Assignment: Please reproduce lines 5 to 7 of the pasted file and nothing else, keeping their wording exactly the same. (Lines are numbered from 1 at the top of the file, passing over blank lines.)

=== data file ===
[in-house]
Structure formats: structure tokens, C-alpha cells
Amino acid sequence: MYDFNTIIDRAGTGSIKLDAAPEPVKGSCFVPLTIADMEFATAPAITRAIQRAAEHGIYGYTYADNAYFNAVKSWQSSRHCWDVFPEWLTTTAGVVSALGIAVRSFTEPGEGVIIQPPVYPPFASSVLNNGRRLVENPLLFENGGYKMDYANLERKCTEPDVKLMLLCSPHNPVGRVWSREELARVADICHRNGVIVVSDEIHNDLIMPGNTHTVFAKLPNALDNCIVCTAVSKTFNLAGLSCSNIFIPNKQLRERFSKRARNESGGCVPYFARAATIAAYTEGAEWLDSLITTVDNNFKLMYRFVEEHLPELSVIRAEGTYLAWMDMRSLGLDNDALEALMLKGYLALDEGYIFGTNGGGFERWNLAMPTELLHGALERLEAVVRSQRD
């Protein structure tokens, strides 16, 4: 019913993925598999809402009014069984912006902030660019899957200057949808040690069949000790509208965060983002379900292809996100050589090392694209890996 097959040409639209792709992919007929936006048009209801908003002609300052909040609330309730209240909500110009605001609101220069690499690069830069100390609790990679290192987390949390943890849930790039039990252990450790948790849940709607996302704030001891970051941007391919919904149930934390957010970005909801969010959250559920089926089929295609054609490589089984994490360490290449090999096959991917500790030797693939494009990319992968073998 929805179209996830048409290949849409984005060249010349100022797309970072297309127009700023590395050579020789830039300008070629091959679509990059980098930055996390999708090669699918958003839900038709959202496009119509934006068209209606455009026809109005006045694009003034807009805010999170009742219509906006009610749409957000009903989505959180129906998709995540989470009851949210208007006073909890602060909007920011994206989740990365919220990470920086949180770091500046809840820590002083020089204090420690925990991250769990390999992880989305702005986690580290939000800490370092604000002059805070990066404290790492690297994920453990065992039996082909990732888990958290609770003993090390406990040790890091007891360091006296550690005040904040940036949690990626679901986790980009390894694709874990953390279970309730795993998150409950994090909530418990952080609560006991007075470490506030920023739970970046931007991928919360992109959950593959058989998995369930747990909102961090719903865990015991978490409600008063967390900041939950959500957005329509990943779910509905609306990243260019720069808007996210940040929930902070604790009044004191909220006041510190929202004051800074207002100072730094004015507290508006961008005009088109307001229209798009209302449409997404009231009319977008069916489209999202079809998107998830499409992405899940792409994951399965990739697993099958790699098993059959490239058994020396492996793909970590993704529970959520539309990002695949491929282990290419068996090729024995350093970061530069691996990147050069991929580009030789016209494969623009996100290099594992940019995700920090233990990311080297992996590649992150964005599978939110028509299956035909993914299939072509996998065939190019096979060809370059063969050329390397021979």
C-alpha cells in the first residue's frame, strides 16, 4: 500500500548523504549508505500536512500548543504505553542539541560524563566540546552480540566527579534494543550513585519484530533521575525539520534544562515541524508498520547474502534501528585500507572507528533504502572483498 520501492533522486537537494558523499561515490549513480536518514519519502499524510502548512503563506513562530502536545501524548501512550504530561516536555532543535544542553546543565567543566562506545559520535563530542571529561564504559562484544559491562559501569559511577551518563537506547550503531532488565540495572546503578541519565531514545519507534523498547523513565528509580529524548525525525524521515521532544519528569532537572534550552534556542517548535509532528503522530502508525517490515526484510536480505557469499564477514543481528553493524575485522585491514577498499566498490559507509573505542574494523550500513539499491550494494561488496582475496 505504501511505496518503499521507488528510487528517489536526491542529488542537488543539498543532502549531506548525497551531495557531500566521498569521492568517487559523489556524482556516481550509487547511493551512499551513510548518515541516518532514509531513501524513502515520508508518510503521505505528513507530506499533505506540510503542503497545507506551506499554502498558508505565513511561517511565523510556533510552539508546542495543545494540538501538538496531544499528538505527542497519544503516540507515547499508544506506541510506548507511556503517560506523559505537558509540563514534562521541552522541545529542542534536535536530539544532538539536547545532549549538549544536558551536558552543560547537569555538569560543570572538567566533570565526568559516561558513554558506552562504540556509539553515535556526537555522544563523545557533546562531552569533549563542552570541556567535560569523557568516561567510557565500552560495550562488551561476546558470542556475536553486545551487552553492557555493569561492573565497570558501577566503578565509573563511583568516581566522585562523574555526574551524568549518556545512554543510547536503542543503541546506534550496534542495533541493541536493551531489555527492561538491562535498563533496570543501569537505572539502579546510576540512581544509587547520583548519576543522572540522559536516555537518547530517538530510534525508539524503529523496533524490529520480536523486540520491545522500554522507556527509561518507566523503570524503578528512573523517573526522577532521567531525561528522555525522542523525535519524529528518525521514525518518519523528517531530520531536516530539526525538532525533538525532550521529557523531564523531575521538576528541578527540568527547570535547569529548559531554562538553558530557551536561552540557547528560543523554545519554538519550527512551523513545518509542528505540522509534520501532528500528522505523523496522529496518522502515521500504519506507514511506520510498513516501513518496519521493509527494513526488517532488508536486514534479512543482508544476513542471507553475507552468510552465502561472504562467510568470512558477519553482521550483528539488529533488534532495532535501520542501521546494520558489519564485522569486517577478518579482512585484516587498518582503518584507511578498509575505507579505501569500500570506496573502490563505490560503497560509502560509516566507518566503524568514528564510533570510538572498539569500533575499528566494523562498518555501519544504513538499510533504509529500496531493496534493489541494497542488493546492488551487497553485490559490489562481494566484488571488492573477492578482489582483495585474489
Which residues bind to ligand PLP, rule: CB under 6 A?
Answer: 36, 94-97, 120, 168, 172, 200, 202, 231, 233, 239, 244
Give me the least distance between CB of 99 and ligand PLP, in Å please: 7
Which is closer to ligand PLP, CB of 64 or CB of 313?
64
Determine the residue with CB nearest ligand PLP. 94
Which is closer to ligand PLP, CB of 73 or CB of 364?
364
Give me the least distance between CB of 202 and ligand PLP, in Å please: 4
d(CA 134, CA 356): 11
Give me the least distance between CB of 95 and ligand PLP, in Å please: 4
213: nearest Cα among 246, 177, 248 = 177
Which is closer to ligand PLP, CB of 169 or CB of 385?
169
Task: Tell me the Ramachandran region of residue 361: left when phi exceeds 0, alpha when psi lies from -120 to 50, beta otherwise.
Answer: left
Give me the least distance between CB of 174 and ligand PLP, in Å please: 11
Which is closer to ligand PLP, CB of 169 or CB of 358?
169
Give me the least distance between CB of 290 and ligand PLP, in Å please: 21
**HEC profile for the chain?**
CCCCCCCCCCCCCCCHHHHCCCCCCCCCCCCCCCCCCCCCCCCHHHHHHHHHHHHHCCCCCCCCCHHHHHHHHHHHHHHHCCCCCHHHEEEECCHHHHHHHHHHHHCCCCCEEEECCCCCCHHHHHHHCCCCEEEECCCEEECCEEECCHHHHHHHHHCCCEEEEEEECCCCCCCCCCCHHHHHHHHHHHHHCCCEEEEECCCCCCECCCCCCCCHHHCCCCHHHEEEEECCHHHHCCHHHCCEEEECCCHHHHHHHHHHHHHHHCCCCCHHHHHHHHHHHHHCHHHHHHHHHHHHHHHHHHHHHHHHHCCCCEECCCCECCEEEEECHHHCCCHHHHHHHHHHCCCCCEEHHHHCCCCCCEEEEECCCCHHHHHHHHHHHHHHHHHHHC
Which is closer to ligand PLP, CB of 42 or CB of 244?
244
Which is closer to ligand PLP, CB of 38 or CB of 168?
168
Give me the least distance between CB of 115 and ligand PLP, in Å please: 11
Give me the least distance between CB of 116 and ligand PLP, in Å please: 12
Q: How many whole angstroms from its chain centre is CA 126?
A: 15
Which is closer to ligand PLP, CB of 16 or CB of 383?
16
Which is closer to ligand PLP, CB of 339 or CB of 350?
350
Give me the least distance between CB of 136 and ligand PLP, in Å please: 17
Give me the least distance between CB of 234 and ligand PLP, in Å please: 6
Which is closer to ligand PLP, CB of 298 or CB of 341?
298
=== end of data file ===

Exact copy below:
C-alpha cells in the first residue's frame, strides 16, 4: 500500500548523504549508505500536512500548543504505553542539541560524563566540546552480540566527579534494543550513585519484530533521575525539520534544562515541524508498520547474502534501528585500507572507528533504502572483498 520501492533522486537537494558523499561515490549513480536518514519519502499524510502548512503563506513562530502536545501524548501512550504530561516536555532543535544542553546543565567543566562506545559520535563530542571529561564504559562484544559491562559501569559511577551518563537506547550503531532488565540495572546503578541519565531514545519507534523498547523513565528509580529524548525525525524521515521532544519528569532537572534550552534556542517548535509532528503522530502508525517490515526484510536480505557469499564477514543481528553493524575485522585491514577498499566498490559507509573505542574494523550500513539499491550494494561488496582475496 505504501511505496518503499521507488528510487528517489536526491542529488542537488543539498543532502549531506548525497551531495557531500566521498569521492568517487559523489556524482556516481550509487547511493551512499551513510548518515541516518532514509531513501524513502515520508508518510503521505505528513507530506499533505506540510503542503497545507506551506499554502498558508505565513511561517511565523510556533510552539508546542495543545494540538501538538496531544499528538505527542497519544503516540507515547499508544506506541510506548507511556503517560506523559505537558509540563514534562521541552522541545529542542534536535536530539544532538539536547545532549549538549544536558551536558552543560547537569555538569560543570572538567566533570565526568559516561558513554558506552562504540556509539553515535556526537555522544563523545557533546562531552569533549563542552570541556567535560569523557568516561567510557565500552560495550562488551561476546558470542556475536553486545551487552553492557555493569561492573565497570558501577566503578565509573563511583568516581566522585562523574555526574551524568549518556545512554543510547536503542543503541546506534550496534542495533541493541536493551531489555527492561538491562535498563533496570543501569537505572539502579546510576540512581544509587547520583548519576543522572540522559536516555537518547530517538530510534525508539524503529523496533524490529520480536523486540520491545522500554522507556527509561518507566523503570524503578528512573523517573526522577532521567531525561528522555525522542523525535519524529528518525521514525518518519523528517531530520531536516530539526525538532525533538525532550521529557523531564523531575521538576528541578527540568527547570535547569529548559531554562538553558530557551536561552540557547528560543523554545519554538519550527512551523513545518509542528505540522509534520501532528500528522505523523496522529496518522502515521500504519506507514511506520510498513516501513518496519521493509527494513526488517532488508536486514534479512543482508544476513542471507553475507552468510552465502561472504562467510568470512558477519553482521550483528539488529533488534532495532535501520542501521546494520558489519564485522569486517577478518579482512585484516587498518582503518584507511578498509575505507579505501569500500570506496573502490563505490560503497560509502560509516566507518566503524568514528564510533570510538572498539569500533575499528566494523562498518555501519544504513538499510533504509529500496531493496534493489541494497542488493546492488551487497553485490559490489562481494566484488571488492573477492578482489582483495585474489
Which residues bind to ligand PLP, rule: CB under 6 A?
Answer: 36, 94-97, 120, 168, 172, 200, 202, 231, 233, 239, 244